The focusing knob is relatively large, given the compact design of the Katmai. It is covered with grooved rubber armoring that imparts a sure grip and a good feel under the fingers. Both models go from minimum close focus to infinity in just 1-1/8 turns of the knob, which is excellent. The knobs turn very smoothly and easily, making sharp focus rapid and easy to achieve, particularly since the Katmai binoculars have a fairly generous depth of field to them. Overall, we rate the focal mechanism very good. The diopter adjustment ring is on the right ocular. A white spot on the ring lines up with a ridge on the barrel to indicate the setting equality for equal eyes. Although the mechanism doesn’t lock and lacks graduations to mark unequal settings, the adjustment ring has a series of closely set detents so that the ring holds any set position. It’s a neat mechanism.

Ergonomically, the Katmai binoculars are well designed. A disadvantage of their small size is that there is no way to place the strap attachment lugs in a way that doesn’t fall under the hands. Leupold got around this by setting the lugs in a raised ridge designed to fall on the webbing between the forefinger and thumb. It really doesn’t work for people with large hands, but the lugs don’t protrude much and the strap is thin so that it isn’t uncomfortable. The armoring has little thumb grooves hollowed out of the inner surface of the barrels for additional comfort. Leupold obviously limited the thickness of the armoring to keep the weight low, but the textured surface has a nice, secure feel in the hands.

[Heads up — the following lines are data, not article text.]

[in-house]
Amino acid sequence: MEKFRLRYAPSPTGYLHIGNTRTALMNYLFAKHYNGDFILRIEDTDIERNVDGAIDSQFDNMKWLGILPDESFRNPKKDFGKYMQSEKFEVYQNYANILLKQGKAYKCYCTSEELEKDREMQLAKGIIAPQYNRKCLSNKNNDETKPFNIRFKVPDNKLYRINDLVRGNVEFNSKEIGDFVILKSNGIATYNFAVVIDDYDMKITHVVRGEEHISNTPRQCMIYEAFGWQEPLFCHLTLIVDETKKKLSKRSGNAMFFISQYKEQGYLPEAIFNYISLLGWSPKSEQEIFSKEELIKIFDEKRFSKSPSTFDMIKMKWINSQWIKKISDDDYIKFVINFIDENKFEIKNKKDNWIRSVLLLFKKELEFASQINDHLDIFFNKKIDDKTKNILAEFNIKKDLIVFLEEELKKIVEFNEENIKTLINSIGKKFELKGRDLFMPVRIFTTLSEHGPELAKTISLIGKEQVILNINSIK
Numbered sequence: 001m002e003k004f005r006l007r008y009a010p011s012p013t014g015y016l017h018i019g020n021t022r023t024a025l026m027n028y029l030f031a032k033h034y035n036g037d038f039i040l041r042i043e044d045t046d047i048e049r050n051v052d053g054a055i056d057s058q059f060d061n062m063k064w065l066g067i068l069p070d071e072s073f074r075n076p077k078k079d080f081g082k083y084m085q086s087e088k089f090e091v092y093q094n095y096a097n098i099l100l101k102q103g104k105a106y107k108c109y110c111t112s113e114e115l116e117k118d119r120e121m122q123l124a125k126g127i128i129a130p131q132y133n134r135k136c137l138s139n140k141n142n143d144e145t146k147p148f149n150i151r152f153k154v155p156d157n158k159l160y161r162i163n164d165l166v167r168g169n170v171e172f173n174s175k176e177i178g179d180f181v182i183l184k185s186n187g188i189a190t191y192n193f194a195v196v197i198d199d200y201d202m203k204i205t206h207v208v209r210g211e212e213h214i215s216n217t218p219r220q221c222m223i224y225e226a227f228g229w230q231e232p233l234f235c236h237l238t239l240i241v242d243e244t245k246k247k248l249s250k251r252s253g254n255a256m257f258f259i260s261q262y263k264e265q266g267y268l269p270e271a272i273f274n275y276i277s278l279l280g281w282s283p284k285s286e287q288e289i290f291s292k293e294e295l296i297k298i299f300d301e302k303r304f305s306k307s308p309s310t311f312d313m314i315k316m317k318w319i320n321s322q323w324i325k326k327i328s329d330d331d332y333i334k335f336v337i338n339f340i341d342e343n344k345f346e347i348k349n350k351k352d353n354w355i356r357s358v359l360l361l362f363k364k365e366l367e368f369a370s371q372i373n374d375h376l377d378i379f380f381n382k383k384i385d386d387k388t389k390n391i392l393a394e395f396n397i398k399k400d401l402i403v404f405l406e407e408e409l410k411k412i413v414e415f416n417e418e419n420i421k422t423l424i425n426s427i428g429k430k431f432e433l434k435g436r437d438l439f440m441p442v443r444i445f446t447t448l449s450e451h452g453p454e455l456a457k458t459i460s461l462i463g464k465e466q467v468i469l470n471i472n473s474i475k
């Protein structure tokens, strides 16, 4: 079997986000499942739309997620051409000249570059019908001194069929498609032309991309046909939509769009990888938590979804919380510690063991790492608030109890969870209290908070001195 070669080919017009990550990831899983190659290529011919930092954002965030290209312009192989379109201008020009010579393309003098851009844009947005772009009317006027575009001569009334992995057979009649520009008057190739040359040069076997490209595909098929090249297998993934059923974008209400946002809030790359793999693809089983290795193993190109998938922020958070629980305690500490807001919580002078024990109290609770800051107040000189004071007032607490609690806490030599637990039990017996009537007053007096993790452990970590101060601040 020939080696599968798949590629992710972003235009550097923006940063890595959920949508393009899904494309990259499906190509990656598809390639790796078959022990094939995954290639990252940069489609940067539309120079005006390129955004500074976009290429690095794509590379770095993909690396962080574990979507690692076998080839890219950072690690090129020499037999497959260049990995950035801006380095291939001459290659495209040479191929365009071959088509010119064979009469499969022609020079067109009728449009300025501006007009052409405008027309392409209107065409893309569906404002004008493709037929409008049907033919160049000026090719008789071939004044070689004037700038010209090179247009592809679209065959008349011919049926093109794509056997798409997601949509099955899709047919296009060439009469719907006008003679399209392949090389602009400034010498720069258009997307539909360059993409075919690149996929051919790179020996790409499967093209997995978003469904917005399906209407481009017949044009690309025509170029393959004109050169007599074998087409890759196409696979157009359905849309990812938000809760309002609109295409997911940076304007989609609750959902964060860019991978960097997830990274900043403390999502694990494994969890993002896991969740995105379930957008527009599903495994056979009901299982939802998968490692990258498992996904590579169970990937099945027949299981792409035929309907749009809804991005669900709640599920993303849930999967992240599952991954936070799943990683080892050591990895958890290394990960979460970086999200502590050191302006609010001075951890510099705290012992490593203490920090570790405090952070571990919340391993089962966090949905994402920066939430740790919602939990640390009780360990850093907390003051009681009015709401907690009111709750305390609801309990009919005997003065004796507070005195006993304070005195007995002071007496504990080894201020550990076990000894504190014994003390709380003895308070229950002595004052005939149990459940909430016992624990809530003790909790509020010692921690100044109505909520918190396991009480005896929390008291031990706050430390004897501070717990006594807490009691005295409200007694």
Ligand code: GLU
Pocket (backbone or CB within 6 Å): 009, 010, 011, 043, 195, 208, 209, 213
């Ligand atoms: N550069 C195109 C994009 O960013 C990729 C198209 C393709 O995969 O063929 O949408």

The eyecups adjust in a twisting mechanism through three positions: fully in, halfway and all the way out. The middle position was a bit unstable and tended to collapse down. In the models we received, the rubber armoring on the eyecups tended to come loose in the hands, or else the bottom lip of it got caught on the rim of the barrel when twisting the eyecups in. The range of interpupilary distance is 55-72 mm, which is big for a compact binocular.

The rainguard is a type we’ve seen often: soft rubber cups that fit snugly over the ocular lenses and are joined by a flexible bridge region. The strap threads through a bracket on the left side of the guard; the right bracket is gapped so it can be slipped on or off the strap. This rainguard is common to several binocular manufacturers, and it’s the best design out there. The objective lenses are covered by a pair of caps that fit tightly over the rubber armoring of the barrels. The strap itself is thin cord where it attaches to the binocular and inch-wide, padded neoprene-like material, curved where it fits over the neck. On binoculars this lightweight, this strap is more than comfortable enough. The case fits snugly over the binocular, and includes a loop for belt attachment, a nice feature.

The Leupold Katmai is an interesting hybrid in the mid-range optics class: it feels like a compact binocular in the hand, and performs like a classic roof-prism binocular in the field. The 6x32 Katmai retails for $370 but can be found for as little as $300. The 8x32 model retails for $390, but may be discounted to $340. Typically, birders won’t opt for something as low as 6x magnification, but this little binocular might be a trendsetter. The 8x32 configuration is one that most birders today have experience with. This binocular will fit easily in a glove compartment, the rear pocket on a backpack, or into a suitcase or briefcase. Good optics in a highly portable package – Leupold may well have re-invented a niche here!

Find more info for the Leupold Wind River Katmai Binoculars Here.